Turn the volume down
You probably missed the inaugural Golf Sixes, played at a club near St Albans. Well, you will have done if you were wise.
This was an international competition in which sixteen two-man teams competed in a knockout format across six holes, instead of the conventional eighteen. The idea was to speed up the game, cut to the chase earlier, bring the climax right back up to the overture. And, in many ways, as a concept, it wasn’t bad. The action was crisp enough; there were ample head-to-head battles and plenty of drama. Plus it was all a lot quicker: with a stopwatch on the tee to prevent lingering, things were done and dusted way before anyone would have reached the halfway hut in a standard round of golf. Which, in these days of diminishing attention spans, was presumably the point.
Actually, it would have been not a bad way to pass an afternoon, strolling around in the Hertfordshire sunshine watching some of the world’s best golfers on an accelerated fast-forward. Except for the fact that, to retain any vestige of sanity, those on the course were obliged to wear industrial-strength ear defenders.
My, it was noisy out there. Some moron had got hold of the microphone, turned the public address system up to eleven and started shouting, churning out a torrent of vacuous inanities, yelling the constant insistence that those in attendance ‘make some noise’, demanding that everyone greet a mundane approach shot as if it were the 30ft monster putt that has just won the Ryder Cup – and all at maximum volume. When he wasn’t barfing out his nonsense, the rentagob would hand the microphone to a couple of Z-list celebrities who took it in turns to misidentify the golfers and overstate the challenges they faced.
Meanwhile, outside the clubhouse, two over-sized hosepipes spewed out a growly fanfare of flames to greet every successful putt. After a couple of hours of this, those who had turned out in the hope of quietly enjoying some excellent sporting action were left with bleeding ear drums.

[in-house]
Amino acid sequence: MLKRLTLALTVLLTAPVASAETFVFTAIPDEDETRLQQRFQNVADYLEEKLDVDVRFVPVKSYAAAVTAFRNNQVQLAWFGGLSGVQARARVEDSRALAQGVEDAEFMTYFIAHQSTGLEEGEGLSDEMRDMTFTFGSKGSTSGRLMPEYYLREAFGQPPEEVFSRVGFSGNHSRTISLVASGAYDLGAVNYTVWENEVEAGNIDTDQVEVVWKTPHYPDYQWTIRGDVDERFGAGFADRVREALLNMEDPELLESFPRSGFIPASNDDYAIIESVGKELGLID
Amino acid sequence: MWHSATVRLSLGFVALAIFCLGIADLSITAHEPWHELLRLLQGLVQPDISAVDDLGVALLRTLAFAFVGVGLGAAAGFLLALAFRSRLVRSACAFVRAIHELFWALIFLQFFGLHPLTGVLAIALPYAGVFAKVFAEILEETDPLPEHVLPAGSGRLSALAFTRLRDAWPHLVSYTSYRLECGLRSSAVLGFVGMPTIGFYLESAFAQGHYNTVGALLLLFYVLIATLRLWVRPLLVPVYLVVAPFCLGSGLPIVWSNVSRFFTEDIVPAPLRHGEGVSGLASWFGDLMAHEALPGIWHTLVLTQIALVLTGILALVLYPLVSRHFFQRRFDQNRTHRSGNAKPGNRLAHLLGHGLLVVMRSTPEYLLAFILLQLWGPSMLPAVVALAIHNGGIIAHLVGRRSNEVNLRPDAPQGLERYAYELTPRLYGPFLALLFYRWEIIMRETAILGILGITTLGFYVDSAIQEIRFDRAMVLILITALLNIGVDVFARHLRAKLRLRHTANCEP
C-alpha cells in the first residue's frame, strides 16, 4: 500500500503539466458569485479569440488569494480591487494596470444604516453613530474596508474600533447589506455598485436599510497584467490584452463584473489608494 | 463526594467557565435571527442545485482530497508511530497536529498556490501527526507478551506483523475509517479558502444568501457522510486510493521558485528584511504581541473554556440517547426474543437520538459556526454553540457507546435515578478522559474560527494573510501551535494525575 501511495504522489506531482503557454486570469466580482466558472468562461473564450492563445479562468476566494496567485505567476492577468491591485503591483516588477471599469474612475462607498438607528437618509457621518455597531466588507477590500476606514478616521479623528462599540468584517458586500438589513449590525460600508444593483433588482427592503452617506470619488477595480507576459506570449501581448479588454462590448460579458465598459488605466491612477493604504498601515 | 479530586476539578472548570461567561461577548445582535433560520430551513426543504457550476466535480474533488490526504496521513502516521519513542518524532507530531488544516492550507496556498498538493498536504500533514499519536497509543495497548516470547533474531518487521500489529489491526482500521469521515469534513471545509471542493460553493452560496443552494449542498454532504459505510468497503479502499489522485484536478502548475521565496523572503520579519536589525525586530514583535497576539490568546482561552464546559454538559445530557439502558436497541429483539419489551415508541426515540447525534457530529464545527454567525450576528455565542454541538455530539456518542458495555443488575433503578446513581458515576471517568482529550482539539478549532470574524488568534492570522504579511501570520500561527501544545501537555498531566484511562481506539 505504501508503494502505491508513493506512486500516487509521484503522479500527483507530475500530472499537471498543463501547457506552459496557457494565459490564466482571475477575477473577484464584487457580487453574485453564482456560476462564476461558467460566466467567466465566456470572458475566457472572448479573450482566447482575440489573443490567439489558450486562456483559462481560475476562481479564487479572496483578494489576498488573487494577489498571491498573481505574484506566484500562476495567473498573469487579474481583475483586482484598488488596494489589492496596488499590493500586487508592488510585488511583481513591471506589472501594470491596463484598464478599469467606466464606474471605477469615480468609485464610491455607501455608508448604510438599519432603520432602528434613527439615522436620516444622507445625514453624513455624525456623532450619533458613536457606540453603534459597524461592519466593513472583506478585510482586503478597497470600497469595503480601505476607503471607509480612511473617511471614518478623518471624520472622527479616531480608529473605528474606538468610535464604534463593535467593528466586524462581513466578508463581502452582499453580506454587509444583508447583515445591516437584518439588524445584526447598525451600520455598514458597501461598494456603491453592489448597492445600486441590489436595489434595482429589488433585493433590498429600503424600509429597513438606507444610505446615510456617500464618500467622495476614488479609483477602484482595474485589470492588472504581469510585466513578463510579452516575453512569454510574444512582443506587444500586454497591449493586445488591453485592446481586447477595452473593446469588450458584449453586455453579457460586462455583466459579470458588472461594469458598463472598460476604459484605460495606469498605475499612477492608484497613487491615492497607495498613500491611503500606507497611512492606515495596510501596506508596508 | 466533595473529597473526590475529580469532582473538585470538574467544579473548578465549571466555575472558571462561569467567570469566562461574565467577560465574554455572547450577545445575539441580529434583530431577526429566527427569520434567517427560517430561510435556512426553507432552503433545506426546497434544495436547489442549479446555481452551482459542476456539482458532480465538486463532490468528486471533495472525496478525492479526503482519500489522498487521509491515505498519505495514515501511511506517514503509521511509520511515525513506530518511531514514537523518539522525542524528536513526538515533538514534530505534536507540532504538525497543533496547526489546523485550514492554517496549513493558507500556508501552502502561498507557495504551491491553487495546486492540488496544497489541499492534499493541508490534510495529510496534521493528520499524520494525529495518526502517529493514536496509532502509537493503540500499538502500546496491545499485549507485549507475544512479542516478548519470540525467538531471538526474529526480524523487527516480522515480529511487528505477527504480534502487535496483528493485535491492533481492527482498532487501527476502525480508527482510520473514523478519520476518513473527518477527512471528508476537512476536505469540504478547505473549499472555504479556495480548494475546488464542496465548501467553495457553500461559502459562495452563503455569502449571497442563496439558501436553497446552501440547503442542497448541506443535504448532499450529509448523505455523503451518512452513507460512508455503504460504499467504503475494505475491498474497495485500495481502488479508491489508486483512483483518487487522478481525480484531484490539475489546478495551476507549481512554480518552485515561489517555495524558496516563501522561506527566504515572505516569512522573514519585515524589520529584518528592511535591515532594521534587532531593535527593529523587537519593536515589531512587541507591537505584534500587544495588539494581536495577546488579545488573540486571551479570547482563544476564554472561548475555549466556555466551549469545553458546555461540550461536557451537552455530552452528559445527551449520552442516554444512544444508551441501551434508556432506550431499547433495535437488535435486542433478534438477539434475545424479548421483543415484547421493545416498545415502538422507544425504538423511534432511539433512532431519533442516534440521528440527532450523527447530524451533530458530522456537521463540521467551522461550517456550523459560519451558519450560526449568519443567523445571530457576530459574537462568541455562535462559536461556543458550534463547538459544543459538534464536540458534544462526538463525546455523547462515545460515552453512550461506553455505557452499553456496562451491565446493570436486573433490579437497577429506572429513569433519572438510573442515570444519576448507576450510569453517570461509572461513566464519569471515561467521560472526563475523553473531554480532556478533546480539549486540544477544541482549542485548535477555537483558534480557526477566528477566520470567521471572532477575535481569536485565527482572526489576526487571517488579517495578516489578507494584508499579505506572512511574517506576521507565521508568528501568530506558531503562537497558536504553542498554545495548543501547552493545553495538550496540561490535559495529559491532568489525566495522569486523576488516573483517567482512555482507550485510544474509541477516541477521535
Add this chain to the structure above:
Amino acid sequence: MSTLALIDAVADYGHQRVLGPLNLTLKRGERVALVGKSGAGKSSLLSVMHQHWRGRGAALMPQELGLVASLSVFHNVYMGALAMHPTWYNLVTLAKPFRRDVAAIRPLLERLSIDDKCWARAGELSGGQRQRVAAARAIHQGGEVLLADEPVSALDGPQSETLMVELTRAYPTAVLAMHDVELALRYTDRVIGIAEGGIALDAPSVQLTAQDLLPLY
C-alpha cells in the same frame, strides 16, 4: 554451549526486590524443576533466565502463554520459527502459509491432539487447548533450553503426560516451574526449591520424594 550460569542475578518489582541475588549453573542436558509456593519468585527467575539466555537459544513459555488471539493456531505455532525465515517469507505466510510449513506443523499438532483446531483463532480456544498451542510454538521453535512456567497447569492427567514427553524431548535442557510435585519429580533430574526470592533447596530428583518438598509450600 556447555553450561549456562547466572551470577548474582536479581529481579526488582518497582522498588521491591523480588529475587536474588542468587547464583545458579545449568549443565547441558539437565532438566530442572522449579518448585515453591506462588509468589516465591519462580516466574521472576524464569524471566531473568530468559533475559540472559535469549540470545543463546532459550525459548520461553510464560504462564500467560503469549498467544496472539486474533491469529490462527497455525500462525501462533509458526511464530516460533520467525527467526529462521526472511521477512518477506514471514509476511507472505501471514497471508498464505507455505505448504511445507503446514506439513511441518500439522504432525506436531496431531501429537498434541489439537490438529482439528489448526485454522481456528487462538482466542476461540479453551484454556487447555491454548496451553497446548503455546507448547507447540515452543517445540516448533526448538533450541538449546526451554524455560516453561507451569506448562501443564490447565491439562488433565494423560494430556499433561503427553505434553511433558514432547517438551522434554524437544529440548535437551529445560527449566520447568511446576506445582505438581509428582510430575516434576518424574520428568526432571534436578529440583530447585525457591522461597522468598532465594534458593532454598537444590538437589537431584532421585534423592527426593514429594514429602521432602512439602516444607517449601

This has increasingly come to be the way of modern sports presentation. To go to Wembley or Twickenham is to face aural assault. Before matches, a DJ babbles and gibbers, shrieking out the instruction to join him in the orchestrated noise spew. Conversation becomes impossible; just standing there uncomfortable.
I fully appreciate that sport needs to appeal to a young audience. The demographic of attendance at events is these days set on a relentlessly upward trajectory. When I first went to Old Trafford back in the 1970s, the average age of those in the Stretford End was eighteen. Now, the mean vintage of season ticket holders in the ground is over fifty. In truth, many of them are probably the same who came along in the Seventies, these days with silver hair and expanded waistlines.
But what I don’t understand is why that appeal to youth has to be conducted at such a high volume. No young person I know is likely to be drawn into a sport because an ego with a microphone is screaming rubbish at them. What marketing genius came up with the idea that, if we really want millennials to embrace our traditional pastimes, the best way to do it is to insult their intelligence?
The Golf Sixes was an intriguing idea. While the finishing couple of hours of a major championship is as compelling as you will encounter, fewer people these days are time-rich enough to devote several days to the build-up. A shortened competition – the golfing equivalent of rugby sevens or Twenty20 cricket – is a legitimate experiment.
The trouble is that, like too much of our live sport, the idea is swamped by the presentation, its appeal buried under the wrecking-ball shouting. Maybe if they gave sport’s natural rhythms the chance to generate the atmosphere, perhaps if they allowed the crowd to enjoy the spectacle without a barrage of prompting – in short, if they let the thing breathe, then people might actually come back.